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Kyprianou regrets  not pushing for Katsourides expulsion from Akel

Andros Kyprianou

Akel leader Andros Kyprianou said he regretted not pushing for the expulsion of a senior party official suspected for corruption in 2015, but did not rule out revisiting the matter, which resurfaced recently.

In an interview with Politis, Kyprianou admitted pushing for Nicos Katsourides’ indefinite suspension at the time instead of his expulsion from the party over his alleged involvement in the Cyta pension fund scandal, which saw several prominent individuals go to jail.

Katsourides was also accused of undermining the party’s leadership.

“I considered that under the circumstances at the time that decision better served the needs of the society and the party,” the Akel leader said.

Kyprianou said it was not because he feared being accused of being vindictive.

“There are many reasons. But yes, I could say that I assume responsibility because it was my proposal that was adopted by the central committee.”

Katsourides has been accused of being involved in the CyTA pension fund scandal and was responsible for another party member taking the fall.

Akel claimed at the time that the party had nothing to do with the scandal and that any involvement was “invented by political adversaries to besmirch the party name.”

The scandal, a land scam involving the purchase by the CyTA Pension Fund of Turkish Cypriot property in Dromolaxia, Larnaca, and the construction of an office complex at an inflated price, saw five people convicted in January 2015, including AKEL member Venizelos Zanettos.

Zanettos was sentenced to three-and-a-half years in prison, after he was found guilty of extorting money from the main prosecution witness, businessman Nikos Lillis.

The party has always claimed that Zanettos was innocent, describing him as a “political prisoner.”

In his court testimony, Zanettos had said that Katsourides was also involved.

“They questioned the wrong man,” Zanettos had said, maintaining that police fell short of doing their duty to investigate the case fully.

In its verdict, the court noted that Zanettos had failed to substantiate his claims that Katsourides was in any way involved.

Last week, in an interview with Kathimerini that took everyone by surprise, Zanettos accused Katsourides of being the mastermind behind the scheme.

He did not provide any proof to back his allegations, but he said he was writing a book in which he would reveal all.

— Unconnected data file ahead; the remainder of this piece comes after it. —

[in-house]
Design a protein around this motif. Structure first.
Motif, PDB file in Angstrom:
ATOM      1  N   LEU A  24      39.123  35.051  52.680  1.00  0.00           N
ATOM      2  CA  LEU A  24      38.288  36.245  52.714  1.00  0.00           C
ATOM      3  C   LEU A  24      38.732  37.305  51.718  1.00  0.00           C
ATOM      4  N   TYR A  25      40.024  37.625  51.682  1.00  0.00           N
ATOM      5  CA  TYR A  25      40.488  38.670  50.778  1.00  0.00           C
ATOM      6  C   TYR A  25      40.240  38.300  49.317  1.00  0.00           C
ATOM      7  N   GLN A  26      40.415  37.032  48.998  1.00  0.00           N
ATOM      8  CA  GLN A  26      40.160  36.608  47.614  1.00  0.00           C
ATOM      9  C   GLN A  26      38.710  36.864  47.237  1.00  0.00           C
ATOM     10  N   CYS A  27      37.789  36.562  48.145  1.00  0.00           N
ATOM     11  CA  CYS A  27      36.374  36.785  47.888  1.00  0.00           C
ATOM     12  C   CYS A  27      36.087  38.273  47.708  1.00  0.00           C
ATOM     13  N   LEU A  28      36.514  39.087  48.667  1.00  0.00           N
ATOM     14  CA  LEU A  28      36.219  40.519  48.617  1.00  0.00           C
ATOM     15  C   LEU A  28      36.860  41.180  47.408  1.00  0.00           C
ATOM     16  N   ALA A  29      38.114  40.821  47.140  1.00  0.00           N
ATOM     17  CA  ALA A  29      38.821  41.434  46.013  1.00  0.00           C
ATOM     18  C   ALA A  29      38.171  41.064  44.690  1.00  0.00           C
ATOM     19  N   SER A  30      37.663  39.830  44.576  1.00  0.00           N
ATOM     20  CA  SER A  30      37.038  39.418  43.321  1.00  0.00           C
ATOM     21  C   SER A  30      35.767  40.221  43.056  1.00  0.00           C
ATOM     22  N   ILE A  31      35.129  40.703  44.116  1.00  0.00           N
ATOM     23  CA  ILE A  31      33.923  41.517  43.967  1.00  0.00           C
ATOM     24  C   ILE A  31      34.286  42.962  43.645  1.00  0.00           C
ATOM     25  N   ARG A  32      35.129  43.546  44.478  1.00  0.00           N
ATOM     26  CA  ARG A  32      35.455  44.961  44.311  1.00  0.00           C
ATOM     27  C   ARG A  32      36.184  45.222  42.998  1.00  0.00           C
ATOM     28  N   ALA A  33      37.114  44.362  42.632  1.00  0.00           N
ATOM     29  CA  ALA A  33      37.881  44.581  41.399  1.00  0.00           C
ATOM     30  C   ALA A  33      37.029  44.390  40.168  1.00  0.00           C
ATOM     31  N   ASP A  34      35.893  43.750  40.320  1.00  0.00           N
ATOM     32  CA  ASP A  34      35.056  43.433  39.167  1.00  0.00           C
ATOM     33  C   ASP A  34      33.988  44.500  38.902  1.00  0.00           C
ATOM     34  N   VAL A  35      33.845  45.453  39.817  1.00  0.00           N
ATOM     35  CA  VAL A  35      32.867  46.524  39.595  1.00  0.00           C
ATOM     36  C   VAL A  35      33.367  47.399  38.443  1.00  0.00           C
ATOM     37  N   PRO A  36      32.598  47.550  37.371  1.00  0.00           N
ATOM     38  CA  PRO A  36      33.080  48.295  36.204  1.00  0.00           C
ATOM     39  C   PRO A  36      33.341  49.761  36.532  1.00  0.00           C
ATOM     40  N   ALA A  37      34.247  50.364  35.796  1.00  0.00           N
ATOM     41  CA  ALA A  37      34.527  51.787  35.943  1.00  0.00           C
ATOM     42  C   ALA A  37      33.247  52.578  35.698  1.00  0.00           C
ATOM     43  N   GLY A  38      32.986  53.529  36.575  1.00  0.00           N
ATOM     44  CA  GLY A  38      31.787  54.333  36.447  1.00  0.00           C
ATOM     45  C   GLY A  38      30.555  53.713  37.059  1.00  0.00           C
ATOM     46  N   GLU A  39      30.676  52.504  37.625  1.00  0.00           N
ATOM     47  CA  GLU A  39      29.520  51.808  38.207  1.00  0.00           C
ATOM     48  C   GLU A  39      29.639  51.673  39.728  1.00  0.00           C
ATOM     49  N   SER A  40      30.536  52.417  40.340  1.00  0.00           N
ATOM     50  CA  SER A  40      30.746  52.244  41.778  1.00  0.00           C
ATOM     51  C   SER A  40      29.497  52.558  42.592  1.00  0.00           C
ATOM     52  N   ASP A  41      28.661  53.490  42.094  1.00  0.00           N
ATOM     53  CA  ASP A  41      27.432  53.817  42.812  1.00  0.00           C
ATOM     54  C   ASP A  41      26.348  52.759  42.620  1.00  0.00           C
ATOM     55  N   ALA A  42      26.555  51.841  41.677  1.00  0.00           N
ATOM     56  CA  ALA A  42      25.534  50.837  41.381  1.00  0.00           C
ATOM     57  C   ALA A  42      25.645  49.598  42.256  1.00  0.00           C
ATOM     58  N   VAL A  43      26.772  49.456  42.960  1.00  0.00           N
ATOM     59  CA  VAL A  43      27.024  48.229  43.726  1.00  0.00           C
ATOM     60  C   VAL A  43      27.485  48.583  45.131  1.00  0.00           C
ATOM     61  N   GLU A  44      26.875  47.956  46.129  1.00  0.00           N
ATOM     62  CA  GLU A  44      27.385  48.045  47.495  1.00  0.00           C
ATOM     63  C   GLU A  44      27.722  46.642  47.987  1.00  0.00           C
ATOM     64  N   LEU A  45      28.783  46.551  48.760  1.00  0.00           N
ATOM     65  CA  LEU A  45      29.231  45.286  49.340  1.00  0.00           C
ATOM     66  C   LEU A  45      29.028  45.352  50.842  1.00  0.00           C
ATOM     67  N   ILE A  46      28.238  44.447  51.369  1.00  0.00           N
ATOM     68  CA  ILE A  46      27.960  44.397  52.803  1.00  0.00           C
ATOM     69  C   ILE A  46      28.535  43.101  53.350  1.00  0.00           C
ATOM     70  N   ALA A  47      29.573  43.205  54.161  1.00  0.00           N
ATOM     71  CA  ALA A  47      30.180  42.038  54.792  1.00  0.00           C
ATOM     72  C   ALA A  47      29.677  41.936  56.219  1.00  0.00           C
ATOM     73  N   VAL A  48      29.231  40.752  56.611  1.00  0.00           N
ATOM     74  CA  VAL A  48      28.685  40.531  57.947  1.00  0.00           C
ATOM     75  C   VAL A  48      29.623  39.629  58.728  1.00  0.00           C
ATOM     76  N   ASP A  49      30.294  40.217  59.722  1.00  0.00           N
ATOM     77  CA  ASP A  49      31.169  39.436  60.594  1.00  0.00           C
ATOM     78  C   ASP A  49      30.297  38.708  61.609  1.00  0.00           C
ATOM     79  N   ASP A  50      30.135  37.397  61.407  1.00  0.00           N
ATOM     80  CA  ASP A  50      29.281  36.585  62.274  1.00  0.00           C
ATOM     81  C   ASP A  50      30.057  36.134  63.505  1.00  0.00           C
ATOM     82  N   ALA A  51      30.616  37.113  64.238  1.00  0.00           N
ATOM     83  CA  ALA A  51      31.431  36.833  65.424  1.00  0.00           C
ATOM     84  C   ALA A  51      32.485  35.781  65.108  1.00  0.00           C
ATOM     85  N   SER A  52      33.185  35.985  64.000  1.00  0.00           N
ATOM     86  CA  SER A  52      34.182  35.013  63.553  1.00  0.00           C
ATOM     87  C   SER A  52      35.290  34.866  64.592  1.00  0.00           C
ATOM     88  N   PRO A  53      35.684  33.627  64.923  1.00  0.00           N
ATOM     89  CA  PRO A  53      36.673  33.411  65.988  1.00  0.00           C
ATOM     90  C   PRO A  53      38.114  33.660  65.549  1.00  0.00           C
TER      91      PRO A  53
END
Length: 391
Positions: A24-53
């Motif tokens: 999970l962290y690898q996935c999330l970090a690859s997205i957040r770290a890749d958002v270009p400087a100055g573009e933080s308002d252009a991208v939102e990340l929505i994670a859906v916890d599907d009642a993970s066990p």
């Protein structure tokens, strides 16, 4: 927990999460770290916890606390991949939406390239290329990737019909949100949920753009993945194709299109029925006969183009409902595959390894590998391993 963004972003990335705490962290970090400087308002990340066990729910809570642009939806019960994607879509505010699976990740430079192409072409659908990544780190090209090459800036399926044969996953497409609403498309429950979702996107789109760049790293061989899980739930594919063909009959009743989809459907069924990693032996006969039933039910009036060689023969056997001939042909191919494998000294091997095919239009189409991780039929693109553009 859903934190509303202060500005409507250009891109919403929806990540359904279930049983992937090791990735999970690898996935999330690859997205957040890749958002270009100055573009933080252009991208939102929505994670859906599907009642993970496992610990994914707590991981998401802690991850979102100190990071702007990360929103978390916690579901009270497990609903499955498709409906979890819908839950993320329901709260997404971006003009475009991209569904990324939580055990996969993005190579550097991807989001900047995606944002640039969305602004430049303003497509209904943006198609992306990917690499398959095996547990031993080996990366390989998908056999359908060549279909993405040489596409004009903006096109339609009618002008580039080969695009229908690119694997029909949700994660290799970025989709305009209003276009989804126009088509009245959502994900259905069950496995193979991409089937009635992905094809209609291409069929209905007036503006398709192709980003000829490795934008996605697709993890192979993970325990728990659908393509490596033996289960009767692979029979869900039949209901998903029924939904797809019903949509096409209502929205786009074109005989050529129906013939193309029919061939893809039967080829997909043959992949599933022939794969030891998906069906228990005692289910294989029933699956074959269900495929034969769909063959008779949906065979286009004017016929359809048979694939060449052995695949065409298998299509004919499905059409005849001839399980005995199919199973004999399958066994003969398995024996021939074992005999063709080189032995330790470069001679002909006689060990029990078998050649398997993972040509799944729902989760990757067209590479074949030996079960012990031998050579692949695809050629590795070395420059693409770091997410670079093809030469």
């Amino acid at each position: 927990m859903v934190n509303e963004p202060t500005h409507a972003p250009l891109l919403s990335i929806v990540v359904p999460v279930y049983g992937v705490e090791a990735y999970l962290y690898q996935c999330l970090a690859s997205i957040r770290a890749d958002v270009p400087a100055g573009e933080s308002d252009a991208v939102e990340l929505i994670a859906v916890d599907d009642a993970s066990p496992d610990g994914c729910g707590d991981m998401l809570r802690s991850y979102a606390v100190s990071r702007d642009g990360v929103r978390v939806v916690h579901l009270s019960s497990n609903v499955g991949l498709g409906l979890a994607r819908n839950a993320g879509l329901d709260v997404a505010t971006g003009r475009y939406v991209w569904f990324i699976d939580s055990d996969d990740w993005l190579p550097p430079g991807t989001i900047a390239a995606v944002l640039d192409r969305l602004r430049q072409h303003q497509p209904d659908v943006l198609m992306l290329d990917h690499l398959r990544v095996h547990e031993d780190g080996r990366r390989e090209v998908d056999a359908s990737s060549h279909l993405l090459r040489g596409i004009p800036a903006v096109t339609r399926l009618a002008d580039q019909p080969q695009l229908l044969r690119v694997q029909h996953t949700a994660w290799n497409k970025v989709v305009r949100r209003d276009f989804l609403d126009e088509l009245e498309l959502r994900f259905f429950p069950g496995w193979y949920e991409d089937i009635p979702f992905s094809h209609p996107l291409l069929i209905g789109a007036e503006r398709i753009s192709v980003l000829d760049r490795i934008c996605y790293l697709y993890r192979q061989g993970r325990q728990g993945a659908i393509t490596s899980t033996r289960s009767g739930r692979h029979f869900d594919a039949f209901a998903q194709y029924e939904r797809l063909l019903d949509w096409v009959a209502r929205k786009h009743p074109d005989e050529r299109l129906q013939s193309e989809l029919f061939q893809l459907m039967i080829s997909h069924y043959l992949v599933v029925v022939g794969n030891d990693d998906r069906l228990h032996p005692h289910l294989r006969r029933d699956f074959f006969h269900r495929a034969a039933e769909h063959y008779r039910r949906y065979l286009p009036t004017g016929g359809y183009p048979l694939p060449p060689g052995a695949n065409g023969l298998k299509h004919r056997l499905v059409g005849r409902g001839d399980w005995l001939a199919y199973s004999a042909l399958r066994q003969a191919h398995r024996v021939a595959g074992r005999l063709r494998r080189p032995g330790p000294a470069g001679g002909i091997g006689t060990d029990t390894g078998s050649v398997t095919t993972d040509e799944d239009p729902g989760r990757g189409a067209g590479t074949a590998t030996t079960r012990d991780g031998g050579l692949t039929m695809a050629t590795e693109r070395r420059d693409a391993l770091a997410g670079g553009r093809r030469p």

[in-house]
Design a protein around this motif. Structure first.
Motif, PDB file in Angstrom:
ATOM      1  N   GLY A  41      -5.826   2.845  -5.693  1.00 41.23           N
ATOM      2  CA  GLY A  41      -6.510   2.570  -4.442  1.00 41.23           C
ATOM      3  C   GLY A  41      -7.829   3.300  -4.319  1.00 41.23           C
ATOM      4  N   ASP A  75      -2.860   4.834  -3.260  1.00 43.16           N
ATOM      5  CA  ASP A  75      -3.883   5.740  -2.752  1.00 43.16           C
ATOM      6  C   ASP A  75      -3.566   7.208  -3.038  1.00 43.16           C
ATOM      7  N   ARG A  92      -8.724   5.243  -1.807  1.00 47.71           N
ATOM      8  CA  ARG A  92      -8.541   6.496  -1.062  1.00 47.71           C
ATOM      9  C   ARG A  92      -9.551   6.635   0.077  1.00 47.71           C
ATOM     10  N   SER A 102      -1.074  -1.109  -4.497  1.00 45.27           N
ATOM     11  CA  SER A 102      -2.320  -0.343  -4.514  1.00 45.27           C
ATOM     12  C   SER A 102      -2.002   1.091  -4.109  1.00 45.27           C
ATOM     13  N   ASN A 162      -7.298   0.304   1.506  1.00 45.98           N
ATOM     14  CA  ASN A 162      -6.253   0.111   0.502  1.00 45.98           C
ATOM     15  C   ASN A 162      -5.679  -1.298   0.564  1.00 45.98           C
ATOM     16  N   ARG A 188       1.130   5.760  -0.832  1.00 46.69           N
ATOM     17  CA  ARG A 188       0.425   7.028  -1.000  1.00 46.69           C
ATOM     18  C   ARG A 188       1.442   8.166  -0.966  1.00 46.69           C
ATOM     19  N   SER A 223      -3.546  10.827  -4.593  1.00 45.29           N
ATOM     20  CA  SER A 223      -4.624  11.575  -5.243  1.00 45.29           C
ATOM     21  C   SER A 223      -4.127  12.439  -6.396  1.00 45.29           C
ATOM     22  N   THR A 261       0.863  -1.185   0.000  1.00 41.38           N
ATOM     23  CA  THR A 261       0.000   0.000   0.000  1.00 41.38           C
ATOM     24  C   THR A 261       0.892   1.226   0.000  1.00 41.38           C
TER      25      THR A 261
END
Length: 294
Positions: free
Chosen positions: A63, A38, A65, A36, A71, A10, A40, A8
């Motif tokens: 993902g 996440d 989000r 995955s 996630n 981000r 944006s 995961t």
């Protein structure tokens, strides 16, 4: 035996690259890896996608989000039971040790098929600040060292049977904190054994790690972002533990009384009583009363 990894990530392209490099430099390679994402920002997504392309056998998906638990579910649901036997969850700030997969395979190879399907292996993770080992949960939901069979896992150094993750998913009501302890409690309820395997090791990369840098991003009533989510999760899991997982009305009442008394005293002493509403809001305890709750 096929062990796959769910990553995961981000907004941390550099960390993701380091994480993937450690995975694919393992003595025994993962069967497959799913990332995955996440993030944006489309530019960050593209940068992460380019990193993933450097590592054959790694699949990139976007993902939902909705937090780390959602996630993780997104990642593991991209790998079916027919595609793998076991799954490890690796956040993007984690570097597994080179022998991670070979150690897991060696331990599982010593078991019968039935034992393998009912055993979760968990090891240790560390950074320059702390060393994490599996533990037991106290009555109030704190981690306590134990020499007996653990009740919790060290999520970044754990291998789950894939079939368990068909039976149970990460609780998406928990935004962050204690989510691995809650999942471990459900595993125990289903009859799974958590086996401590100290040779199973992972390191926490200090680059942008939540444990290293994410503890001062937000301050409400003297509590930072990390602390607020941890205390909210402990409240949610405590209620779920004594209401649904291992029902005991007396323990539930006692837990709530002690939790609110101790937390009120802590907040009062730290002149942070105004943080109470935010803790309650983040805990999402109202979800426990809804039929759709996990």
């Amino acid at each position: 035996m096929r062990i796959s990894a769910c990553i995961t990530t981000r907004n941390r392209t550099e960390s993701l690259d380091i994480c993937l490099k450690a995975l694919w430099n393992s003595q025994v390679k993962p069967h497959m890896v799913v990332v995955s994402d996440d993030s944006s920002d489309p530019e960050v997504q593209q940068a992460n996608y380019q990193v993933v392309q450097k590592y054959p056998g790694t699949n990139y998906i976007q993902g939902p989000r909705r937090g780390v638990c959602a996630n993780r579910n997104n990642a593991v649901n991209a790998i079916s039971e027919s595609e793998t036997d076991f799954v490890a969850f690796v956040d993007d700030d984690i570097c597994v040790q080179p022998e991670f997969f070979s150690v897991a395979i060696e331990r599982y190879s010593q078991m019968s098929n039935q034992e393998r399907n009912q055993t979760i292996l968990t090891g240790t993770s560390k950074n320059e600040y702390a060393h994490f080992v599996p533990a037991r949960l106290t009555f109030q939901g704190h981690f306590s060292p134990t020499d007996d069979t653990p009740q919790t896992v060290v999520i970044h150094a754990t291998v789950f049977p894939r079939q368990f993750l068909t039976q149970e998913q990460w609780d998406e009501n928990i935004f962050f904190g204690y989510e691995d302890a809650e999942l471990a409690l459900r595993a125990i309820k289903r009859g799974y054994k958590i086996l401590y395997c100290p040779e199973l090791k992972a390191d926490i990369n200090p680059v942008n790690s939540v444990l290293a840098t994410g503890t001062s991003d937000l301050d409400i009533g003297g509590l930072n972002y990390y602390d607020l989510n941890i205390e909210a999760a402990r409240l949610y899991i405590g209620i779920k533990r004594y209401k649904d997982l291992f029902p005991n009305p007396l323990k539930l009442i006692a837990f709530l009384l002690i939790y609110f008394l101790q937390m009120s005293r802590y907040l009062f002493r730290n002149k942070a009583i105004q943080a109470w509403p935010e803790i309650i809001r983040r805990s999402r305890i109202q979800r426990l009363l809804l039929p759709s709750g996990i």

Not long afterwards, Lillis said he had issued a cheque for €100,000 to Akel, with the receipt signed by Zanettos. However, the name of the donor had not been printed on the receipt, saying instead the money came from “anonymous.”

Asked about the scandal in the interview, Kyprianou said he did not wish to comment further.

“I will speak about these matters when we collectively decide we must speak in public,” he said.

Of the cheque, Kyprianou said he did not know about it though he admitted there was a bad, not illegal, practice in the past by all parties not to declare donations. That has now changed by law.

The issue resurfaced at a time when Akel, the main opposition party, was trying to recover from the blow dealt by recent revelations that one of its MPs was involved in a cash for passports scandal.

Christakis Giovanis, who was also a developer operating in the Famagusta area, was caught on undercover film, together with House president Demetris Syllouris, offering to help a fictitious Chinese businessman with a criminal record secure citizenship. Both have since resigned, but the revelation by Al Jazeera, deprive Akel of the moral high ground.

Kyprianou denied the party had taken its time in reacting.

“I spoke to Christakis Giovanis as soon as I saw the video; I summoned him to my office the next morning, afterwards the secretariat was convened and after that the political bureau, which took its decisions,” he said.

Giovanis had to resign his seat in parliament and was stripped of all other positions he held in the party as well as his membership.

Kyprianou said he did not know whether Giovanis had sold houses to party officials or holidays in his properties.

“I don’t know, and I don’t think a leader of a party should deal with these things. What I can tell you with certainty is that I have never stayed in a flat that belongs to Mr Giovanis.”

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